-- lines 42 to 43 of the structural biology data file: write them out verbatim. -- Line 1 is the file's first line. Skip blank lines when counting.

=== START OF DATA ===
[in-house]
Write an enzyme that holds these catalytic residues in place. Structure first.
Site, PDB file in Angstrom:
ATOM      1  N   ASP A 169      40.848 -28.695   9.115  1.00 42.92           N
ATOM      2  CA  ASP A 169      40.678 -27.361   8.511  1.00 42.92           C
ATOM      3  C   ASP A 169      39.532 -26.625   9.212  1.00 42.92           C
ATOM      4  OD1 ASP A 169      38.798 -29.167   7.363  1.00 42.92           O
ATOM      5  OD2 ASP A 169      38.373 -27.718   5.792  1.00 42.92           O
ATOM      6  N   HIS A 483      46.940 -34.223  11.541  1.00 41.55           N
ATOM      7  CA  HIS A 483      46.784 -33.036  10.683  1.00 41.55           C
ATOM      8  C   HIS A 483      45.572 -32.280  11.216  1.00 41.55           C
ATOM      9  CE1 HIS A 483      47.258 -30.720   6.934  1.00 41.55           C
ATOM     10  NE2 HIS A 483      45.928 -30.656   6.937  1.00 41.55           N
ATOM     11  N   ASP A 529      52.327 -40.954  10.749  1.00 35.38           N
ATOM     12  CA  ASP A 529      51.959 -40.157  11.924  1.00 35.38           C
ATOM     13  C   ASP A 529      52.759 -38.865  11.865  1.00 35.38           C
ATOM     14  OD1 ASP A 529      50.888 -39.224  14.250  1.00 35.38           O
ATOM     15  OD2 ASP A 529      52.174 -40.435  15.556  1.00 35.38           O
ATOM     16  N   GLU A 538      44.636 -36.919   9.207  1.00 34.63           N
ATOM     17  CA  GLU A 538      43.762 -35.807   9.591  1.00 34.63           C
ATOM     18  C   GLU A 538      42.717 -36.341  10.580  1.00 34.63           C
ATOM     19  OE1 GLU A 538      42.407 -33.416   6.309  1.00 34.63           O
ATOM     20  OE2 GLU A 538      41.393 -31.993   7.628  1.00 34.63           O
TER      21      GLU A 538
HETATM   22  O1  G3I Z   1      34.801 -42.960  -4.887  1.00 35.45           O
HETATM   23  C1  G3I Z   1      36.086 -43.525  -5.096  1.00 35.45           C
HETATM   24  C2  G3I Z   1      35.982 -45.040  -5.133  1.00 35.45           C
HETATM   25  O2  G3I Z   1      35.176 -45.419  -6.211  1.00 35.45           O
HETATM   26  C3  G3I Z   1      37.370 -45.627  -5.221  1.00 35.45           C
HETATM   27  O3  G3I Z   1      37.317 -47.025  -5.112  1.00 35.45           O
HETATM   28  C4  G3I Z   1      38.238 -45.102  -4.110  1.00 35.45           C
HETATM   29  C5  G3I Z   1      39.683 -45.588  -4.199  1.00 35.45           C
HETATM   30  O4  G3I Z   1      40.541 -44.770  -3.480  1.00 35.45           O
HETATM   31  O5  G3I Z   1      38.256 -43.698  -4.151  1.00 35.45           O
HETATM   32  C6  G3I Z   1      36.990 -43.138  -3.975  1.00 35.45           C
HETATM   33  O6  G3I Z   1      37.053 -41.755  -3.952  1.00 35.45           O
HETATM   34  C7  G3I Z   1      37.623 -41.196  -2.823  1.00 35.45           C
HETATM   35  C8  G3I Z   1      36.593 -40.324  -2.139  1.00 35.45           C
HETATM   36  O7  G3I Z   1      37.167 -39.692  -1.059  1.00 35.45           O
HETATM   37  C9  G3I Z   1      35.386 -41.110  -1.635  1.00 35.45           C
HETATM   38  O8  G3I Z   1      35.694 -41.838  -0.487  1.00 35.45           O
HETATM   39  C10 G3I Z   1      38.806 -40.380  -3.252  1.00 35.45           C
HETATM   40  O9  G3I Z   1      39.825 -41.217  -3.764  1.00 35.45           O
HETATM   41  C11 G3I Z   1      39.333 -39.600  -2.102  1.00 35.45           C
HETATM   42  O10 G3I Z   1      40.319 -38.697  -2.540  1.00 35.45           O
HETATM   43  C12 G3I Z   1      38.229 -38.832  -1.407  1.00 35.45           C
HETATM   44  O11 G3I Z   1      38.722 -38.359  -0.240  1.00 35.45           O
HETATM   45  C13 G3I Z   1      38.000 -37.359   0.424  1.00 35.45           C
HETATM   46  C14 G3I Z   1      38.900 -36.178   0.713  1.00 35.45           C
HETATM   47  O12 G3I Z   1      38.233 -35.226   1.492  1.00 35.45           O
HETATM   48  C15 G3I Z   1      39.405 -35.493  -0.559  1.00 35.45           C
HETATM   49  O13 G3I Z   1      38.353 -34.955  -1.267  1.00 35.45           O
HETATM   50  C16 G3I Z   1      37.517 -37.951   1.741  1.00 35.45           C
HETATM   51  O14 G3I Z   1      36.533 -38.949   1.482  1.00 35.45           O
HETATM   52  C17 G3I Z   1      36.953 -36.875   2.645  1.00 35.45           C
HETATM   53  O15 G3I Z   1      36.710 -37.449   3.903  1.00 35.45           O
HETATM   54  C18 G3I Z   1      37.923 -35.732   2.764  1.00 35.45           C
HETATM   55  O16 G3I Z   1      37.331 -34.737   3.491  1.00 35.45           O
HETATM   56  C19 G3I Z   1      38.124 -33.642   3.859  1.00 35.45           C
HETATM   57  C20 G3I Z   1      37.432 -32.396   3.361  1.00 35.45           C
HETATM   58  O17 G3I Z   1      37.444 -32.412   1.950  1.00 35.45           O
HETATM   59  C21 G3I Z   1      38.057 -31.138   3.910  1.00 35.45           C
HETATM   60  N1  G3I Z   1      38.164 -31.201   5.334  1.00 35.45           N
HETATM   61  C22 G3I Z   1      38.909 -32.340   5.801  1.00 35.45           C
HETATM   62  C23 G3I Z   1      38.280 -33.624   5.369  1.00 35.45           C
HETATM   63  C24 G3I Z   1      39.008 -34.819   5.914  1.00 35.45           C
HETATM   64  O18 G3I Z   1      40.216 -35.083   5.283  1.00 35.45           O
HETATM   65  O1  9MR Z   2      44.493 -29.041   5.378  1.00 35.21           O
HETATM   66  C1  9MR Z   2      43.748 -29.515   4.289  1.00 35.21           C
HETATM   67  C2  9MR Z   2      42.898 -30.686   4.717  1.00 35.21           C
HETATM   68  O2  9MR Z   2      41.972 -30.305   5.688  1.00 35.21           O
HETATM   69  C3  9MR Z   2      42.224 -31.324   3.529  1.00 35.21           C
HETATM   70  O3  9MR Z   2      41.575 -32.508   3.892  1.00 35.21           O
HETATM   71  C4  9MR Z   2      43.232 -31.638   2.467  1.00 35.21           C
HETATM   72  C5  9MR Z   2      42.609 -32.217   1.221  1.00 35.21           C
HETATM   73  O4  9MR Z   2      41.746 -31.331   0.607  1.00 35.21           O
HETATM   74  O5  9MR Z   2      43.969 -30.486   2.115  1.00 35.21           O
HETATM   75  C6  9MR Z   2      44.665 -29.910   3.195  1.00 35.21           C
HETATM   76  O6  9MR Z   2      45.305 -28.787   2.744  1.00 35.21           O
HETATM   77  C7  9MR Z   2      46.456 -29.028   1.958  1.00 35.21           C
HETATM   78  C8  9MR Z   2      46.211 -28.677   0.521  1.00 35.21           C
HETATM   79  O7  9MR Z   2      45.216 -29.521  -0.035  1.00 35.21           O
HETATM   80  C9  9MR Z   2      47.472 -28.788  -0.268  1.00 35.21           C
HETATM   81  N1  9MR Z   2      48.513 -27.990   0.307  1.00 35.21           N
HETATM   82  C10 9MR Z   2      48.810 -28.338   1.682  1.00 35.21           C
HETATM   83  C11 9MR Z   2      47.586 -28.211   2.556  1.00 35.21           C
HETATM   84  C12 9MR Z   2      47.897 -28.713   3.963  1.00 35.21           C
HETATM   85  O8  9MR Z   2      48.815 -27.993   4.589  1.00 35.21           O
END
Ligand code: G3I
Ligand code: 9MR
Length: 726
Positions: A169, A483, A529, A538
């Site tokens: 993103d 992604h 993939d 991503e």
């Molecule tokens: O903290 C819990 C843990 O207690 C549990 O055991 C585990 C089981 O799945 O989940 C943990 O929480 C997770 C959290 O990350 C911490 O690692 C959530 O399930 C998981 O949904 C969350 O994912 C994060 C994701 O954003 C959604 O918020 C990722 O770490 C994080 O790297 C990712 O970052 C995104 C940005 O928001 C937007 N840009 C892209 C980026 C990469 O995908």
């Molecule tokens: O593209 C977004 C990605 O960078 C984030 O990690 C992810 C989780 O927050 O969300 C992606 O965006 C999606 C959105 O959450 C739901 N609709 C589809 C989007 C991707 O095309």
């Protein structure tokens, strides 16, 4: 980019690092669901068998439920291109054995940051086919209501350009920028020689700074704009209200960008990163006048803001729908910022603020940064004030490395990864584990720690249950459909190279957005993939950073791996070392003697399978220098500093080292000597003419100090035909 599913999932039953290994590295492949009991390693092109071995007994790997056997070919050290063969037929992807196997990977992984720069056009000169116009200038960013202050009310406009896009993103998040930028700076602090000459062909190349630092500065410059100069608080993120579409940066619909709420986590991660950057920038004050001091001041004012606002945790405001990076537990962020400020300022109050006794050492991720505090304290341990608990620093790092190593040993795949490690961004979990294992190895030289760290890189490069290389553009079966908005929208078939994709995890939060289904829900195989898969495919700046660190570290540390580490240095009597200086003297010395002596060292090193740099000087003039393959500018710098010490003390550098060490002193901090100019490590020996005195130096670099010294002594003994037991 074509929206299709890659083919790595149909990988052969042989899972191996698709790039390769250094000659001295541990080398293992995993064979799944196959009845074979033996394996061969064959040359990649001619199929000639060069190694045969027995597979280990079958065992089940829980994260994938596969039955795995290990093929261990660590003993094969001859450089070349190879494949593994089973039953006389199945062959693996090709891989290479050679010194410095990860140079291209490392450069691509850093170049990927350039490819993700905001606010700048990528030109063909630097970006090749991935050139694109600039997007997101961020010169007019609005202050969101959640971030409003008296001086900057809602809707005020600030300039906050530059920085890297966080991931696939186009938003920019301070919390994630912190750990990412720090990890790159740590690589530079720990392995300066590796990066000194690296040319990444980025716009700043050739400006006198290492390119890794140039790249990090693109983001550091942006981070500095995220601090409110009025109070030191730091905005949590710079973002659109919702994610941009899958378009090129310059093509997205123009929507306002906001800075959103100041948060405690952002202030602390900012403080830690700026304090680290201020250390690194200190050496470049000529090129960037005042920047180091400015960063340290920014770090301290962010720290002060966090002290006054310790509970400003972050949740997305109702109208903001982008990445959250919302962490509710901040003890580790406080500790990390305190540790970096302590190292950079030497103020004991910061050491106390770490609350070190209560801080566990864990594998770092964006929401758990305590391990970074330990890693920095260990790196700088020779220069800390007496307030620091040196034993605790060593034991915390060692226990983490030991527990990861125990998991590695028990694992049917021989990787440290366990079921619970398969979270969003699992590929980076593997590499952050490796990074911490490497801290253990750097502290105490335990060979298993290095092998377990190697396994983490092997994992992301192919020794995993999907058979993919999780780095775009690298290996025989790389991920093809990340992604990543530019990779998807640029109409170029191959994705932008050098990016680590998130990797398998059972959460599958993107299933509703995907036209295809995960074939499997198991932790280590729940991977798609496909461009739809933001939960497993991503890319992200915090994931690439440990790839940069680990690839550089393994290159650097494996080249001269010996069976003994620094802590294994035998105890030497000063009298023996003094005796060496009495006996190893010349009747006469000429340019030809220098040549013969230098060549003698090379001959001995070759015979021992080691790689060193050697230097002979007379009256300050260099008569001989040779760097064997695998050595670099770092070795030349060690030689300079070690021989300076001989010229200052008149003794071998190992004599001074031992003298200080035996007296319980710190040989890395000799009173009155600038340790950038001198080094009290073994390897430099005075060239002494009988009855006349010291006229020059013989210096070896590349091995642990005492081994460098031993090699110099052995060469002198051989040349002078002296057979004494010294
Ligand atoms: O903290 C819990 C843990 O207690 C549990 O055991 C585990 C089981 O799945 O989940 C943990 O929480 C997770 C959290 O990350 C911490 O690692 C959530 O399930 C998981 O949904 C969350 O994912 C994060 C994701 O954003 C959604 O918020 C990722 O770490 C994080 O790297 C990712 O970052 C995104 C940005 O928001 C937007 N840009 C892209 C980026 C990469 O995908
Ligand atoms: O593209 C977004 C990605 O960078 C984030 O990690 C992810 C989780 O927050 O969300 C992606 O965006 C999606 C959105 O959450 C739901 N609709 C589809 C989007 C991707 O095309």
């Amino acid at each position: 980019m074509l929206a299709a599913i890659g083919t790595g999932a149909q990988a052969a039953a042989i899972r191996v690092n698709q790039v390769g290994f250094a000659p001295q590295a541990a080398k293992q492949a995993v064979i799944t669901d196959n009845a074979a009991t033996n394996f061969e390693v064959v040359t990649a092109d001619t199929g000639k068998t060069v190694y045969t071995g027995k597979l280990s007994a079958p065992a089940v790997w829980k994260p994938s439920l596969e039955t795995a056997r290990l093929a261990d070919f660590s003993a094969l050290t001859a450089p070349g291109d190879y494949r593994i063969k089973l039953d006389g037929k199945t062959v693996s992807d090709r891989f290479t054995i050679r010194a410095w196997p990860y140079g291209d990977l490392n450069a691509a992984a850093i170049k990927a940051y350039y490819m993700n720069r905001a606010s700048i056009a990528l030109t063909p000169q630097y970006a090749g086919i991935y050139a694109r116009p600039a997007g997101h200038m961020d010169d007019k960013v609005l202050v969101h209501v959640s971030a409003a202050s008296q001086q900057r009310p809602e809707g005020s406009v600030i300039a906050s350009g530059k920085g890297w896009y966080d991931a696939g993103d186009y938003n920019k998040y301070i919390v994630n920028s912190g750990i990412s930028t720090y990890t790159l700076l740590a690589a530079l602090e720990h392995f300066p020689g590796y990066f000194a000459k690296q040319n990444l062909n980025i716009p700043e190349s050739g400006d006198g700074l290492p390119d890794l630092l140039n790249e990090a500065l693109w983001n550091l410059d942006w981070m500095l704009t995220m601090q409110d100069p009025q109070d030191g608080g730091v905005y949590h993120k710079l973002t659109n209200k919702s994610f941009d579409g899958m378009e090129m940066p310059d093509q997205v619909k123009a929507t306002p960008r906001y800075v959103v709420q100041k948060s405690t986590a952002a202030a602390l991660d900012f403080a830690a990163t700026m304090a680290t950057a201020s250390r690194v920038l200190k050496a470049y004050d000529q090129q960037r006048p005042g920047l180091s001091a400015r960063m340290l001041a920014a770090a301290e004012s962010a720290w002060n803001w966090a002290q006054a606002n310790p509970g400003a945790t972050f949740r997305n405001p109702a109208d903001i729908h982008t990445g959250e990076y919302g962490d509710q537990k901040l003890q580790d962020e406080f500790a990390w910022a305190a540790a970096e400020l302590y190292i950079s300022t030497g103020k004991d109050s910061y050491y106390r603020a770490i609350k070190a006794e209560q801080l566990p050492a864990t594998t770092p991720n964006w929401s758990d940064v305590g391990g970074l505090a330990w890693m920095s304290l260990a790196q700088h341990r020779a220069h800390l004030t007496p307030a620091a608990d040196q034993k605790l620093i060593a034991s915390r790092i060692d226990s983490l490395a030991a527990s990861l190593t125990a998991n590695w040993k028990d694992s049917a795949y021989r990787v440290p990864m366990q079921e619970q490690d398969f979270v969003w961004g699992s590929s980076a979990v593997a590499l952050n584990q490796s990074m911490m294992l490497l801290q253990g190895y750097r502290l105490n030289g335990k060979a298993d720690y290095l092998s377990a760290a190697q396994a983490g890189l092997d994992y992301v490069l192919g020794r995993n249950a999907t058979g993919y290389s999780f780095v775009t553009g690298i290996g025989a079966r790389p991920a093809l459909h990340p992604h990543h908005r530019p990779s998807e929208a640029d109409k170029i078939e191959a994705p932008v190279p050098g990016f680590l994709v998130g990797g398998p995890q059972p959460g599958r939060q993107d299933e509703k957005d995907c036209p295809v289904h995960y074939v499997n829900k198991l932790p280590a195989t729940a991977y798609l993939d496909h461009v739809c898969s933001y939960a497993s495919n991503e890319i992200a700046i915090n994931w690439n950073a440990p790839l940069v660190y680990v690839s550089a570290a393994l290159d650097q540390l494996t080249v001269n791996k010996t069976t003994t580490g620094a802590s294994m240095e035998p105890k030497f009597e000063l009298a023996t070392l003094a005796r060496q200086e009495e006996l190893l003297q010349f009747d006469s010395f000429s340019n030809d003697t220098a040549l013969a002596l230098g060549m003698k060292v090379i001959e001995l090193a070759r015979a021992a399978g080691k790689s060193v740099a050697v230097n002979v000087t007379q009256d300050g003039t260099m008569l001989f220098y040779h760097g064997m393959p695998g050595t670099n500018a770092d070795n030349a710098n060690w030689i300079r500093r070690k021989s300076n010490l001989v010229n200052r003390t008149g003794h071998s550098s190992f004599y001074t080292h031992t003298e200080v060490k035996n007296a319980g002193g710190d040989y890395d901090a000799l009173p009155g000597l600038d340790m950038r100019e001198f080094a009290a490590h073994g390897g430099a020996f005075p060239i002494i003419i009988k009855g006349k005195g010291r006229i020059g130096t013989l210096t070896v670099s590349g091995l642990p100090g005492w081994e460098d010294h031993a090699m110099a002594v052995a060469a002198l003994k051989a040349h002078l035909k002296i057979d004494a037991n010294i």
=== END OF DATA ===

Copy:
HETATM   39  C10 G3I Z   1      38.806 -40.380  -3.252  1.00 35.45           C
HETATM   40  O9  G3I Z   1      39.825 -41.217  -3.764  1.00 35.45           O